The “Frying Pan Ocean Cam” that was so popular during previous hurricanes is back. Now it’s live as Isaias approaches North Carolina and you can watch it right here. Isaias is expected to reach hurricane strength when it makes landfall. The flag is standing strong as the storm approaches. A previous flag on the Frying Pan Tower sold on eBay for more than $10,000 after it was torn when a hurricane passed through.
See the Frying Pan Tower Cam Below
Here’s the live stream for the Frying Pan Cam below, showing a live view of the American Flag atop the tower.
If the video above doesn’t work or embed property on your browser, you can watch it here.
The web cam above is shared by Explore Oceans, which also has a number of additional web cams that can give glimpses of the hurricane’s landfall. The Frying Pan Tower was built in the 1960s as a way to warn incoming ships of nearby shallow waters. Since then, the tower has become home to an ecosystem of marine life, Explore.org explains.
Explore Oceans also offers this web cam view from the Frying Pan Tower at sea level.
And next is a stream from Explore.org showing marine life 34 miles off the coast of North Carolina.
Explore.org has many other fascinating live streams.
The Frying Pan Tower was especially popular during Hurricane Florence, when the winds were so strong that the flag itself was torn and a parody Twitter account was born.
Later the flag was sold on eBay for $10,900, Biz Journals reported. Owner Richard Neal said he planned to donate the money to the American Red Cross’s hurricane relief.
The Frying Pan Tower is 34 miles off the coast of Cape Fear, North Carolina, Explore.org shared. It was built in the 1960s and served as a warning of shallow waters. The tower is a surplus Coast Guard Light Station and is being restored by volunteers. It’s essentially a helipad 85 feet up, built over rooms that were originally for a Coast Guard crew. A 135-foot light tower is on a corner of the helipad.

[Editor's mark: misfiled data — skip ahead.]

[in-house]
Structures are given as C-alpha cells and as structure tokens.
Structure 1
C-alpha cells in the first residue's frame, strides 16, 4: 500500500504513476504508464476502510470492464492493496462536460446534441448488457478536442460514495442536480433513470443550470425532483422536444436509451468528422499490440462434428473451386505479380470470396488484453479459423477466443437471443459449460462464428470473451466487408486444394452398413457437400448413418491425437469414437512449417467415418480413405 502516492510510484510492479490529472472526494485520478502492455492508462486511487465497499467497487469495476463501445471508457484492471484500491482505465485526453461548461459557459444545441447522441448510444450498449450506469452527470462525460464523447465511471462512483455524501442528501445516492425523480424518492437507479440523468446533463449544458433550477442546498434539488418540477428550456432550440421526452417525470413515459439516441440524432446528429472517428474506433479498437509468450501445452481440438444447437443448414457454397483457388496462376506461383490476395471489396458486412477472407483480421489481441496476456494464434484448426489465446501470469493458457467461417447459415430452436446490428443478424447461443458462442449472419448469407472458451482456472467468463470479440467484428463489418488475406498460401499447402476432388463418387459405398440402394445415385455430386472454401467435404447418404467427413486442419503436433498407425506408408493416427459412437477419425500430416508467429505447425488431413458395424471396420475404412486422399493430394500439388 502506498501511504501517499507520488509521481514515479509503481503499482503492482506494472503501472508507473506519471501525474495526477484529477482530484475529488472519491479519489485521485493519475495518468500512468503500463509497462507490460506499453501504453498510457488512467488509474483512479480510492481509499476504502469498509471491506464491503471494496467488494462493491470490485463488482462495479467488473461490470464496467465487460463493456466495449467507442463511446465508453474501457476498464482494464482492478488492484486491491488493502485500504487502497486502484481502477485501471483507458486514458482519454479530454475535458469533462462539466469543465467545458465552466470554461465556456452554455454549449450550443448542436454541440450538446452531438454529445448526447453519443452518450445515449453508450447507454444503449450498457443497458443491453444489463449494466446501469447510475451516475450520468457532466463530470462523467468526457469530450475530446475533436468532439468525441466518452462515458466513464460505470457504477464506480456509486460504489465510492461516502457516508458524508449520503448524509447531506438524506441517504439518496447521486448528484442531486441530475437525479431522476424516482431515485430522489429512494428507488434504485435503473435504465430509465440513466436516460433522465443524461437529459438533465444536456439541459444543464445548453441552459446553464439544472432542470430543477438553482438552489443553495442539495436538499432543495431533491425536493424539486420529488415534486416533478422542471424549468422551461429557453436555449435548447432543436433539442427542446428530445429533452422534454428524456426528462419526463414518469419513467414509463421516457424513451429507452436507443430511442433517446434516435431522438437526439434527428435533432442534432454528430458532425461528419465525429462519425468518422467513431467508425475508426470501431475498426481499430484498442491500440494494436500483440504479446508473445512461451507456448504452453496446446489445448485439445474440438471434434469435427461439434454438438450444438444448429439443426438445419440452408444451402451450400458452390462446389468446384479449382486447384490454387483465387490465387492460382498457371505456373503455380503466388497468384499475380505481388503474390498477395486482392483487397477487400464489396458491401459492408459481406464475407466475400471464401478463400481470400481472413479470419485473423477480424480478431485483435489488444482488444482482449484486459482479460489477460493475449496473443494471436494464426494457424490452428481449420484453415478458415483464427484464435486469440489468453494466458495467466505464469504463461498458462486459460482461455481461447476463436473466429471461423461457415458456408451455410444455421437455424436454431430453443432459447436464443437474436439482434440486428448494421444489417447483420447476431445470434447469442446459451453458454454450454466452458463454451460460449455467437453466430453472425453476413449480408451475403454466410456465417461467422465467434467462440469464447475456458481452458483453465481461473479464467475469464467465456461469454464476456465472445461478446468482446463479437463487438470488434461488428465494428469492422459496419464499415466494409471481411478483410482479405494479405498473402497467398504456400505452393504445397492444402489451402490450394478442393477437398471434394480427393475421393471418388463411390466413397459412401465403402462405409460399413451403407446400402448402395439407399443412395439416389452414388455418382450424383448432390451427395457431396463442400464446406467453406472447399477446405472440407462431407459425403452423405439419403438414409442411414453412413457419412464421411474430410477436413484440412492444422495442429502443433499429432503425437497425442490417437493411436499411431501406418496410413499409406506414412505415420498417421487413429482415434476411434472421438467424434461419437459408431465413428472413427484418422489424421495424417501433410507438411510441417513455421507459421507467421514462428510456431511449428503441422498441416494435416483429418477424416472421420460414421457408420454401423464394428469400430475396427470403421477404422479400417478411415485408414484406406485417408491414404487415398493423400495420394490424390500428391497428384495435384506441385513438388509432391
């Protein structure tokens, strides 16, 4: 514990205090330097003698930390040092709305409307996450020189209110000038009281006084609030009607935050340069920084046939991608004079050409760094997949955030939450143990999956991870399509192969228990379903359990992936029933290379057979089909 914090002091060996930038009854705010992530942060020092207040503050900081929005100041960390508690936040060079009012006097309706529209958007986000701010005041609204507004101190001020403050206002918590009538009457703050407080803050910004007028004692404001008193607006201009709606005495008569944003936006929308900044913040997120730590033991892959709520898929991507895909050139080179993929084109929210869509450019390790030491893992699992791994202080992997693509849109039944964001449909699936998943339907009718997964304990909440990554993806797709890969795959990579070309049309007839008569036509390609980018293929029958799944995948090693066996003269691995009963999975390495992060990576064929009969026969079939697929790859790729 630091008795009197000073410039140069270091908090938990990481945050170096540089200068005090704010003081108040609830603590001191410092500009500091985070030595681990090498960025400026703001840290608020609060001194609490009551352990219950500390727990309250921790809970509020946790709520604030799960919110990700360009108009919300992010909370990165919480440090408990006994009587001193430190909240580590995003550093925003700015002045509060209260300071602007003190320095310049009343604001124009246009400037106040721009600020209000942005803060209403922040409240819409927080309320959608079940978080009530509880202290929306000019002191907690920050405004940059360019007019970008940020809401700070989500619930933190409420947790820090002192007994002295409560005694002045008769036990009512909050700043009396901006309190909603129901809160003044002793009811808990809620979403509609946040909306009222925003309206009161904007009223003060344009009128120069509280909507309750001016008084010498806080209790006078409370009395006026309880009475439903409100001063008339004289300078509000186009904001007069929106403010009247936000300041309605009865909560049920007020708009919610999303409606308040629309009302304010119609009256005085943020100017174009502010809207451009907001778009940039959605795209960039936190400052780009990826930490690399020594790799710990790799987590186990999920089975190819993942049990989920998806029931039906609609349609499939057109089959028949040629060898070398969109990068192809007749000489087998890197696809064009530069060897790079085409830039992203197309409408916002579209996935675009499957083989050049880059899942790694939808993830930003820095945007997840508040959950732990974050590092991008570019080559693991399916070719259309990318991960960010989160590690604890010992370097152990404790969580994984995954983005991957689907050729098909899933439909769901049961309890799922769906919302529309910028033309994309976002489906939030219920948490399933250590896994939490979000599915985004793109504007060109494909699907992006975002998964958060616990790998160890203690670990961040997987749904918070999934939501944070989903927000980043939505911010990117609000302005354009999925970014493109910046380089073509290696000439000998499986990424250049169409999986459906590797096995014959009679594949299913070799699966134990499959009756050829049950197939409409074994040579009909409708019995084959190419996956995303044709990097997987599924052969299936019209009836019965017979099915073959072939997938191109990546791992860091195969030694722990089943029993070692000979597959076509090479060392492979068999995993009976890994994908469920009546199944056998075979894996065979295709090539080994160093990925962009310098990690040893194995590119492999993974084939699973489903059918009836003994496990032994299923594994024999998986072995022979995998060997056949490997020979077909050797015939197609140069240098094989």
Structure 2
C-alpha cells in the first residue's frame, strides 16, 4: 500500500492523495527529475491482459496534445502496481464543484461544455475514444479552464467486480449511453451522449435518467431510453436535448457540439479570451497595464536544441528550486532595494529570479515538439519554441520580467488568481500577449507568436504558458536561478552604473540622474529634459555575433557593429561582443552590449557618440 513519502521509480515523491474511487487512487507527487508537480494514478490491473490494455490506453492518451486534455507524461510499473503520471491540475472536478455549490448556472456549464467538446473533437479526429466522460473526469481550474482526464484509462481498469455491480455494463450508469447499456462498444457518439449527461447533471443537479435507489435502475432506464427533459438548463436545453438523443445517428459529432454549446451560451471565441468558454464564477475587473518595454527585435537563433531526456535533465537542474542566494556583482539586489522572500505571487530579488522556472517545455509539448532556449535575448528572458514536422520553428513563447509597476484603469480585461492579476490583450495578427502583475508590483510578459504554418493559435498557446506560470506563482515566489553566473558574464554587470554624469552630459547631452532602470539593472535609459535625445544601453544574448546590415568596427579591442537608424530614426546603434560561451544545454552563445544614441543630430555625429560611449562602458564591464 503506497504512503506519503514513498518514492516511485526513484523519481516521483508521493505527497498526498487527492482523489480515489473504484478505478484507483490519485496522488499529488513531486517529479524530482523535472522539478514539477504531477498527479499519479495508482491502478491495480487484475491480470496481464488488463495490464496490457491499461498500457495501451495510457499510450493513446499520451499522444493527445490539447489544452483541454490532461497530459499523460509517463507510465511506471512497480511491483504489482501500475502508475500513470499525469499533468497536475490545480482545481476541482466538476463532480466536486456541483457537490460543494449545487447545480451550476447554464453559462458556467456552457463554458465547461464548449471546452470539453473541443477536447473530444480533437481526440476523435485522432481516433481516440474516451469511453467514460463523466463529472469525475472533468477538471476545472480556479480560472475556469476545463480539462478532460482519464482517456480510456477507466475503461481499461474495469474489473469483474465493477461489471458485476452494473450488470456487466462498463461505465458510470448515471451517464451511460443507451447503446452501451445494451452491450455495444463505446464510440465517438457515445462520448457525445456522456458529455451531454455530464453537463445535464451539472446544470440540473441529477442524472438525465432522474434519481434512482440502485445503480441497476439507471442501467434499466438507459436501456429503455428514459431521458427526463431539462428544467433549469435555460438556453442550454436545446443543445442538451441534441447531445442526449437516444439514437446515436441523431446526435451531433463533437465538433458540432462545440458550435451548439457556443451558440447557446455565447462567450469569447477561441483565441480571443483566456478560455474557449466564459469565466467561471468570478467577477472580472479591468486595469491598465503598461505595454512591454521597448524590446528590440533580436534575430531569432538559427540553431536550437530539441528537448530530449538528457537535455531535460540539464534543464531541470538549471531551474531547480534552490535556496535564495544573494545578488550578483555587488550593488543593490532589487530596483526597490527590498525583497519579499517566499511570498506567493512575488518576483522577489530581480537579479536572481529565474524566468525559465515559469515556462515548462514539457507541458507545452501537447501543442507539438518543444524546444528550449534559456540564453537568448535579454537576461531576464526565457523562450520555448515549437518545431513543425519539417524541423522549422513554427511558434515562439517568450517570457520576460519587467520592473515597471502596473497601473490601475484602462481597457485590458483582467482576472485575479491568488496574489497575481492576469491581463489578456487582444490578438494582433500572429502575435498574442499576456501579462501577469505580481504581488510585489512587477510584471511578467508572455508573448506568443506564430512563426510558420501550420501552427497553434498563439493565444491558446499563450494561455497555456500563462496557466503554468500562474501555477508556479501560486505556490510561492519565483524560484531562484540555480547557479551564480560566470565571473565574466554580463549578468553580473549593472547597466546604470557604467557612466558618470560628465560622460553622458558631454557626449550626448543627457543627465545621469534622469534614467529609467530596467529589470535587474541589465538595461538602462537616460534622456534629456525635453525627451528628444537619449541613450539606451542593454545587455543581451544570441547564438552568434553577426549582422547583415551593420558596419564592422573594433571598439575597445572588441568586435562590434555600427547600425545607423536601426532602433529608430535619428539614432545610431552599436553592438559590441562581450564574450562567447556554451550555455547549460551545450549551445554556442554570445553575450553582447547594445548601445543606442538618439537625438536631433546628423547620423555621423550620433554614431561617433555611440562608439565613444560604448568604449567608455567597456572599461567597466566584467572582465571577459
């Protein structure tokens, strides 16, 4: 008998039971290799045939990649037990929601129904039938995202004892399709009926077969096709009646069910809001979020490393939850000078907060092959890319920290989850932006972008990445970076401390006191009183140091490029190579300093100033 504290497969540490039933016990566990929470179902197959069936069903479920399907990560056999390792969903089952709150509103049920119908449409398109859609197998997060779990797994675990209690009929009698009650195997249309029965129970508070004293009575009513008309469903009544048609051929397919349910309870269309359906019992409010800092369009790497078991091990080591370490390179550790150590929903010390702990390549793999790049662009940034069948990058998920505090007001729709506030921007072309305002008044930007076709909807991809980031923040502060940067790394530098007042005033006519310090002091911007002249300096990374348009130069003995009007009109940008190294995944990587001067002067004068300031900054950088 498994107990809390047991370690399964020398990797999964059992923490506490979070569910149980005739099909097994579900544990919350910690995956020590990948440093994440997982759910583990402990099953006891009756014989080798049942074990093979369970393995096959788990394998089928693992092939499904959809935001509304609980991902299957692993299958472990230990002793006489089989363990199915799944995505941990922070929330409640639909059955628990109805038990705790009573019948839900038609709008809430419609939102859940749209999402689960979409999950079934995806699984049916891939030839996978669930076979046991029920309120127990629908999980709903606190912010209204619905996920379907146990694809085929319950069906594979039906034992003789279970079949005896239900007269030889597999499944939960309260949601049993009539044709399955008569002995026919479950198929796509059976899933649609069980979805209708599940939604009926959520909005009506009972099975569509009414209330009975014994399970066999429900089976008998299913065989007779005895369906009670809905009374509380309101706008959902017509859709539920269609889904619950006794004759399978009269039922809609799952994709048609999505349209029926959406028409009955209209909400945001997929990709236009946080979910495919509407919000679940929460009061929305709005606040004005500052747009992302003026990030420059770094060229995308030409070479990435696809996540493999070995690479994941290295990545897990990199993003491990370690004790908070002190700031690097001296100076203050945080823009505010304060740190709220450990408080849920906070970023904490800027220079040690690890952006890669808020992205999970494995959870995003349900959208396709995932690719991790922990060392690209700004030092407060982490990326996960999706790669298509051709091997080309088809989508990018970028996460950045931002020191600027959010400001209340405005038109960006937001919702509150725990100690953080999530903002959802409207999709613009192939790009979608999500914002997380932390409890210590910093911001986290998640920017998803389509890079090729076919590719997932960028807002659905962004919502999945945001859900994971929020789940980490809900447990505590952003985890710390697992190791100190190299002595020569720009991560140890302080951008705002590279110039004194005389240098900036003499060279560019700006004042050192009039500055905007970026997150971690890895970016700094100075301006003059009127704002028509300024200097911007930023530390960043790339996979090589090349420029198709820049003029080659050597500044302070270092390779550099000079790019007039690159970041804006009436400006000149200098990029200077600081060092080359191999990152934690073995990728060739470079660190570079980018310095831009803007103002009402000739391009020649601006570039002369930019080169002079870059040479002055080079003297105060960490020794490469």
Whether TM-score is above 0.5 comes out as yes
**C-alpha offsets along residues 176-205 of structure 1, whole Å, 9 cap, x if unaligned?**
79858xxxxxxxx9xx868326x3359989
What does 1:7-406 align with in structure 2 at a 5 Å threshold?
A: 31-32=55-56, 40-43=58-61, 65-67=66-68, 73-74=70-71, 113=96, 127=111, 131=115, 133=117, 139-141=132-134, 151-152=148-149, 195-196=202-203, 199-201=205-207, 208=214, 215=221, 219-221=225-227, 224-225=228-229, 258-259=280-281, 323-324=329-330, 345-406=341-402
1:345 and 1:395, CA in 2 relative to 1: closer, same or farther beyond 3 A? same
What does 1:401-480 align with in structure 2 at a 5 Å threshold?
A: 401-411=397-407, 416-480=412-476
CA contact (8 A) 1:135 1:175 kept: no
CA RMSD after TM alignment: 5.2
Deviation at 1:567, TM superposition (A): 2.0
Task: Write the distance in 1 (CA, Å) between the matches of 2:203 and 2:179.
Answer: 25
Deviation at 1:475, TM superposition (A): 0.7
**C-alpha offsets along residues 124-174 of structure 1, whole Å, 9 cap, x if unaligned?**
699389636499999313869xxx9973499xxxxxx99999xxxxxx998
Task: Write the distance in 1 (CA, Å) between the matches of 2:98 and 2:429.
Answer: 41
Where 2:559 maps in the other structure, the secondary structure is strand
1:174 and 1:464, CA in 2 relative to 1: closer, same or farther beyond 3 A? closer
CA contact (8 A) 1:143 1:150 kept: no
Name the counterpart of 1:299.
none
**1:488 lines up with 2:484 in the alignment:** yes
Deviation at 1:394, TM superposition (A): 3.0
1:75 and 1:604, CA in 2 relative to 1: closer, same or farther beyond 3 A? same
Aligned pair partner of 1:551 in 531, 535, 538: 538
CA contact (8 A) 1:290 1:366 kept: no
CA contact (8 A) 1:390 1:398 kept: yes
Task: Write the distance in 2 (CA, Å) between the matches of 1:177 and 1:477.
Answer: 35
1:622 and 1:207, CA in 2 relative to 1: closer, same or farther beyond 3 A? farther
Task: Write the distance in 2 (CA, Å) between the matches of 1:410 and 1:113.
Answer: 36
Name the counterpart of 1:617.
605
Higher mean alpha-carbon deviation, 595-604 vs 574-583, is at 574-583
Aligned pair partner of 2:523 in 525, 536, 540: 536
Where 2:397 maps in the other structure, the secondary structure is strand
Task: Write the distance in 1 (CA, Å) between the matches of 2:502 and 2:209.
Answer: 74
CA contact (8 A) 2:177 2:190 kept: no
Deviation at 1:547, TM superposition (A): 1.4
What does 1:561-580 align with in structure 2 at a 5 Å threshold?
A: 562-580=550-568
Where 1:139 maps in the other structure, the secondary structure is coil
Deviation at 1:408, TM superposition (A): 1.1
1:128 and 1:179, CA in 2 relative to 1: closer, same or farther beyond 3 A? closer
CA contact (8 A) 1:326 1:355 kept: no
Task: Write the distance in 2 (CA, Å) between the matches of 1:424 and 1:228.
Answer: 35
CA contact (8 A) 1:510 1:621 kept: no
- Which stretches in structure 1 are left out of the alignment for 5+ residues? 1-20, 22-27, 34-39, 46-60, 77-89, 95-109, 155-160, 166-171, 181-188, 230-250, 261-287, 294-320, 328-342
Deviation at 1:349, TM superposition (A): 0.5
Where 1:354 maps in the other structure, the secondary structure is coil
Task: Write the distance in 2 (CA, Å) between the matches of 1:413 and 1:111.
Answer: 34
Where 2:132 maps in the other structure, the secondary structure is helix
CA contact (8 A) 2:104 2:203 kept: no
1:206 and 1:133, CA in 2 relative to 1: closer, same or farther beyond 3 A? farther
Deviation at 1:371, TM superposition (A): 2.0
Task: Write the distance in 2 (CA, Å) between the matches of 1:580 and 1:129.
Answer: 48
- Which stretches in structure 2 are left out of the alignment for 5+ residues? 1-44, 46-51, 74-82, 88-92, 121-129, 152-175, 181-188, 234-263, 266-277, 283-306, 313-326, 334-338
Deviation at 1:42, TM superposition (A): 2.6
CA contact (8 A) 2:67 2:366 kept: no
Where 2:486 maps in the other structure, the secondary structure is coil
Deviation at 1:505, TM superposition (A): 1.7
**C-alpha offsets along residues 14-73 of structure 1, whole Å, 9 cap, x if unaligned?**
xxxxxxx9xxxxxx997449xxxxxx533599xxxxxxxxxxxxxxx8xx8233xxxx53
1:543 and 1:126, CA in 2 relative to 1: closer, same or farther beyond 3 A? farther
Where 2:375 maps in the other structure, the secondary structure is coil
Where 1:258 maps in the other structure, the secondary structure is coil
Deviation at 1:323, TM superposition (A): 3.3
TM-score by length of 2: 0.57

In 2010, the tower was auctioned off by the Coast Guard and is now privately owned and being restored. You can help with restoration by visiting the restoration website here.
According to the NHC, as of 2 p.m. Eastern on August 3, Isaias was at 31.2 N and 80.0 W, about 115 miles south of Charleston, South Carolina and 180 miles south-southwest of Myrtle Beach, South Carolina. The storm has maximum sustained winds of 70 mph and it’s moving north or 5 degrees at 12 mph. It has a minimum central pressure of 993 MB or 29.32 inches.
The NHC shared:
At 200 PM EDT (1800 UTC), the center of Tropical Storm Isaias was located by an Air Force Reserve reconnaissance aircraft and NOAA Doppler weather radars near latitude 31.2 North, longitude 80.0 West. Isaias is moving toward the north near 13 mph (20 km/h), and this general motion is expected to continue this afternoon. A turn toward the north-northeast along with a slight increase in forward speed is expected by early this evening, followed by a faster motion tonight and Tuesday. On the forecast track, the center of Isaias will pass well east of the Georgia coast through this afternoon. The center of Isaias will then approach the coasts of northeastern South Carolina and southern North Carolina within the hurricane warning area this evening. The center will then move inland over eastern North Carolina tonight, and move along the coast of the mid-Atlantic states on Tuesday and into the northeastern United States Tuesday night.
Data from the reconnaissance aircraft and NOAA Doppler weather radars indicate that maximum sustained winds remain near 70 mph (110 km/h) with higher gusts. Some strengthening is forecast this afternoon or early evening, and Isaias is expected to regain
hurricane strength just before the cyclone reaches the coast of northeastern South Carolina or southern North Carolina tonight. Only slow weakening is anticipated after Isaias makes landfall in the Carolinas and moves across the U.S. mid-Atlantic region tonight and Tuesday.
Tropical-storm-force winds extend outward up to 125 miles (205 km) from the center. During the past hour, a wind gust to 40 mph (65 km/h) occurred at Folly Island Pier, South Carolina, and at COMRP buoy 41033 located just offshore Fripp Island, South Carolina.
The estimated minimum central pressure based on recent reports from the aircraft is 993 mb (29.32 inches).
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